June 2021 Fund Report

Annual Investor Letter

We review the 2021 financial year for our two main funds. We look at performance in detail and review each of the portfolios. We also give our take on the investment environment, explain why we’re still upbeat despite most markets being expensive and highlight where we see opportunities.

2021 Investor Letter

Exclusive access to 25+ talented fund managers

Almost 40% of the underlying funds held by the Affluence Investment Fund are now closed to new investors. This means the Fund provides access to a manager set that is simply impossible to replicate. In addition, around 20% of the portfolio is allocated to funds that are only available to wholesale investors.

With monthly distributions, a focus on investing differently and fees that are totally based on performance, the Affluence Investment Fund is probably unlike anything else in your investment portfolio.

Learn more about the Fund

Things we found interesting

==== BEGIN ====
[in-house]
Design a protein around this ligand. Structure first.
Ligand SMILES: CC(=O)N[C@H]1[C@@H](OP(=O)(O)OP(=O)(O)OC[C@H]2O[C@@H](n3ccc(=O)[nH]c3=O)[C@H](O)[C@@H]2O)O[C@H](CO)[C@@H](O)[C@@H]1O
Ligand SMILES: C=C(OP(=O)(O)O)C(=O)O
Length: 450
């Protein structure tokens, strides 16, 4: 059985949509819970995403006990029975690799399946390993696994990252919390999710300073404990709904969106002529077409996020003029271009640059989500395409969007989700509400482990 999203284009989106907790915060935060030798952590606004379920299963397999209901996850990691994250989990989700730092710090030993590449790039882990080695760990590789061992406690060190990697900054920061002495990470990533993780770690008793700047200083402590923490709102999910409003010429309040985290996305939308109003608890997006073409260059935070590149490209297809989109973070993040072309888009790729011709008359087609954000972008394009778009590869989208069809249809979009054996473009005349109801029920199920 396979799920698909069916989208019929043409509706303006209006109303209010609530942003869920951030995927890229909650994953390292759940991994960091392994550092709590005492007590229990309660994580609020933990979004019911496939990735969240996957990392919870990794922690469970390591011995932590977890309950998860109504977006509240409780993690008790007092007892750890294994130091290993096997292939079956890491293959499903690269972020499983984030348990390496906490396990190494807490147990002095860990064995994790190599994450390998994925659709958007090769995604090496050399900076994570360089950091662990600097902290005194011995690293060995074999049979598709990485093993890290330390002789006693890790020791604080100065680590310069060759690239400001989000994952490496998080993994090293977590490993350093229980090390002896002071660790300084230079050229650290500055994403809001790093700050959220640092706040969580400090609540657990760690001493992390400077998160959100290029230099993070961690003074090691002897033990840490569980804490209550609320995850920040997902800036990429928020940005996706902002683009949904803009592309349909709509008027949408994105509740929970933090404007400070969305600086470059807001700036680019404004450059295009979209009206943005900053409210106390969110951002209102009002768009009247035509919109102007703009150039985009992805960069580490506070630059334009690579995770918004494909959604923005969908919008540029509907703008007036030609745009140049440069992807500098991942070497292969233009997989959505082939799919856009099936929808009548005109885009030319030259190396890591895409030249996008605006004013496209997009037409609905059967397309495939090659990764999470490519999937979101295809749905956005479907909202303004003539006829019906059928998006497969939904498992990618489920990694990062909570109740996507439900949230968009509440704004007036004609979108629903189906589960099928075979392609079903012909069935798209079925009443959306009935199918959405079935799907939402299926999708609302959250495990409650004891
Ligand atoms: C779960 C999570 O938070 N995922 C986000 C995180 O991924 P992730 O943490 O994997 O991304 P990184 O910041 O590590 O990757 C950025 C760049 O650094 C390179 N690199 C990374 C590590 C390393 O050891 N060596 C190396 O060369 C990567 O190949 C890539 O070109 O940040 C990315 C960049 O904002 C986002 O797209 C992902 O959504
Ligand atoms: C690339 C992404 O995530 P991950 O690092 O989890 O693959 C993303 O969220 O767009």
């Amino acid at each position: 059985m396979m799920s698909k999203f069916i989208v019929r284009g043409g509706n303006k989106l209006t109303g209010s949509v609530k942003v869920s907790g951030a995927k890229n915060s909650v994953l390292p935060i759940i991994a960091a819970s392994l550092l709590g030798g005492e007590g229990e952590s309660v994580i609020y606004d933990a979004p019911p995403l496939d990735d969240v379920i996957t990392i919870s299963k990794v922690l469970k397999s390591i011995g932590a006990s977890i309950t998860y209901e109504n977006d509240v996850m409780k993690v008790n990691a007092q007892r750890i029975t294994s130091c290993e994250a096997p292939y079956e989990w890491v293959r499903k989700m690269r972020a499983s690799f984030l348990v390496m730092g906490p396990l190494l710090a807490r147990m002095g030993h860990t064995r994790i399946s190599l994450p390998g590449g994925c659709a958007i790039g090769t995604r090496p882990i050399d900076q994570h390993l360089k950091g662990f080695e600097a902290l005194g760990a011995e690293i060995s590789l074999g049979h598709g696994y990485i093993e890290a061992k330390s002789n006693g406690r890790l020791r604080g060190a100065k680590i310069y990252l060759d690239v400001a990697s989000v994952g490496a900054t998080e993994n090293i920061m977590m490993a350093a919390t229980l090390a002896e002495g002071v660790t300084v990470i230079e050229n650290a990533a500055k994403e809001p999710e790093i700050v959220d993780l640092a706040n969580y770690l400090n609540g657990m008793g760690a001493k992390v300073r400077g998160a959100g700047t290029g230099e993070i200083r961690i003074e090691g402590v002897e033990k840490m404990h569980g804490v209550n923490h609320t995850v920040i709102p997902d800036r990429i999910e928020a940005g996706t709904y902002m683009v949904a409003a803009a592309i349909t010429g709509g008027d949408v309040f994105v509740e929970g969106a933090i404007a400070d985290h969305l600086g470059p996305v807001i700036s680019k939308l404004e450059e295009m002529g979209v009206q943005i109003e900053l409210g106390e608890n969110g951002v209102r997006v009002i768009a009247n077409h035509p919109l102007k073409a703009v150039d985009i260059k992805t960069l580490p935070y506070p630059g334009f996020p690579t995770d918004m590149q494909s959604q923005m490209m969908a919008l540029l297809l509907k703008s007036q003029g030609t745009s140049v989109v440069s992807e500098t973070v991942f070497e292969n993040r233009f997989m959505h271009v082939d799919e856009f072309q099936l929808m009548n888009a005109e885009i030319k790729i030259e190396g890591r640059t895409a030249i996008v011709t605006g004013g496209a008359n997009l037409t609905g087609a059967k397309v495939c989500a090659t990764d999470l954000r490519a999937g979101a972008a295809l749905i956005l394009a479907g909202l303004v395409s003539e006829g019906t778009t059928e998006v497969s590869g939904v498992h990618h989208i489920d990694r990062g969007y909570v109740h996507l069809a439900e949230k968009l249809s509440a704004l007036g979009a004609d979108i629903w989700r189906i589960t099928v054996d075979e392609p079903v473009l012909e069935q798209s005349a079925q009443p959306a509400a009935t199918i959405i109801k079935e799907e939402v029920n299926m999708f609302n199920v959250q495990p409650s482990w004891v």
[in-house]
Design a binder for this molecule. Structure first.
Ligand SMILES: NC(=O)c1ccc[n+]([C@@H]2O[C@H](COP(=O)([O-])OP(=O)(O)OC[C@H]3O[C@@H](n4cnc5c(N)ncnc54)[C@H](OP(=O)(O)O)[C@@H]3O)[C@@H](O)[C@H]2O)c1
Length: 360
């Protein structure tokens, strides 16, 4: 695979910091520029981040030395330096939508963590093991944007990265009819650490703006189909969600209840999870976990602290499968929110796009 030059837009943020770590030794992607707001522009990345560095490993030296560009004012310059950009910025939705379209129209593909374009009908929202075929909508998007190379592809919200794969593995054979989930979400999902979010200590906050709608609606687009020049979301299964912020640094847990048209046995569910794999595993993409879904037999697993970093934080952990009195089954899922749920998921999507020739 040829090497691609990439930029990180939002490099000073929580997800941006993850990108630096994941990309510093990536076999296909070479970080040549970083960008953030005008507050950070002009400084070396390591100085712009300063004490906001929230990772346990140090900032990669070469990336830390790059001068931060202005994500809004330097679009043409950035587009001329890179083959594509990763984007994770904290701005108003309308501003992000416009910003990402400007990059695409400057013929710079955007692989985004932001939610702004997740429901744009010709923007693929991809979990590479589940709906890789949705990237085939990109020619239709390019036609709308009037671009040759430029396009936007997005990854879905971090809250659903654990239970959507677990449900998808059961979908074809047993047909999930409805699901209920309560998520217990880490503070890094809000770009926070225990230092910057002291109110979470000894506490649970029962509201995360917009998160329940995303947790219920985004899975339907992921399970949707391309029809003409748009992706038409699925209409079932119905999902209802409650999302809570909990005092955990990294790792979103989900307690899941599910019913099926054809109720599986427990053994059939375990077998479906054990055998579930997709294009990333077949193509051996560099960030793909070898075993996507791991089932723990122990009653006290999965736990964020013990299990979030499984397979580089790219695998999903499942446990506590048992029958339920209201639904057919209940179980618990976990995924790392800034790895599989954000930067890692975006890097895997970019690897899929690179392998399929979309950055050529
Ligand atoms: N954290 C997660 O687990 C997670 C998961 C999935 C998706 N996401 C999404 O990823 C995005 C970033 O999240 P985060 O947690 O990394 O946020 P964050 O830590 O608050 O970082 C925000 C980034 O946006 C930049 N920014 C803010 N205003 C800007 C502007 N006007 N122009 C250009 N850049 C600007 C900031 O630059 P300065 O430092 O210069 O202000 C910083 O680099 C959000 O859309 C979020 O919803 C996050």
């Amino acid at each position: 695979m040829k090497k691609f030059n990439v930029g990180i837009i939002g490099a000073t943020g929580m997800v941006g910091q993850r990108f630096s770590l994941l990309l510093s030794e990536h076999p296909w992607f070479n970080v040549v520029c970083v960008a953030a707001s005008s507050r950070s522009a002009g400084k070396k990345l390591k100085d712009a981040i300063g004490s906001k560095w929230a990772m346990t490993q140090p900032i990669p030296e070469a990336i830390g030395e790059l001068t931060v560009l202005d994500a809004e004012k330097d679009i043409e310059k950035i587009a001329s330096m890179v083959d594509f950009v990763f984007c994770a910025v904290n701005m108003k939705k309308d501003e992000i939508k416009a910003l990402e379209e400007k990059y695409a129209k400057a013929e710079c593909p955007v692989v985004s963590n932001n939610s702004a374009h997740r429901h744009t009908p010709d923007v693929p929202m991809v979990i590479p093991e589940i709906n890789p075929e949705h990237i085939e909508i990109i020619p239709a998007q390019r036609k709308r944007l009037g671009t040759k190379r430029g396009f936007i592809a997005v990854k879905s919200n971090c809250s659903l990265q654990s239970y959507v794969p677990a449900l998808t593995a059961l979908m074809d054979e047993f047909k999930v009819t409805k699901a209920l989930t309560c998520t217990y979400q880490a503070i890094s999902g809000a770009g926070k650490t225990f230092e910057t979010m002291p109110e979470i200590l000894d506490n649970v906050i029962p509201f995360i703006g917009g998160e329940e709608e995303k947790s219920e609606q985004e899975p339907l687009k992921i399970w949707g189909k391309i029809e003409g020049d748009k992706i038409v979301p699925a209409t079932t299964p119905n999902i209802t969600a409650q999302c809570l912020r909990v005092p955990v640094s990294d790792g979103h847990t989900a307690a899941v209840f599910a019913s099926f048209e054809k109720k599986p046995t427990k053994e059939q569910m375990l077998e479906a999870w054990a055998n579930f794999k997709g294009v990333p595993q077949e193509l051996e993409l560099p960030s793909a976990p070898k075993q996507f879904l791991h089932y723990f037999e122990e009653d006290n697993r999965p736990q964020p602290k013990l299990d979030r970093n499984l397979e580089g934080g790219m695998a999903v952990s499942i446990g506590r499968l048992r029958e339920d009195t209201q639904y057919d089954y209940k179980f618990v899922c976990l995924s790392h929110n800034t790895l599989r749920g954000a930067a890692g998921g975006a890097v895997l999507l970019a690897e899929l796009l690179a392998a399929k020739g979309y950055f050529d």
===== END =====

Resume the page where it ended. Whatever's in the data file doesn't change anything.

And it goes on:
Chart of the month 1.

It’s always worth remembering that markets move in cycles. Sometimes, when a trend has been in place for many years, it seems like its going to continue forever. And then markets price that in. And then it’s a big surprise when that trend reverses.

Here’s one example – Emerging Market performance vs the US S&P 500, since 1988.

Chart of the month 2.

You may be surprised to know that just 14 car companies own a combined 64 brands.

Hyundai and Kia are owned by the same company. The decidedly un-racy Volkswagen owns Lamborghini, Porsche and Bugatti. And BMW owns Rolls Royce. And then, there’s the complicated Renault/Nissan/Mitsubishi Alliance. Renault has a 43.4% voting stake in Nissan. Nissan holds a 15% non-voting stake in Renault and a 34% stake in Mitsubishi Motors.

Confusing? You bet.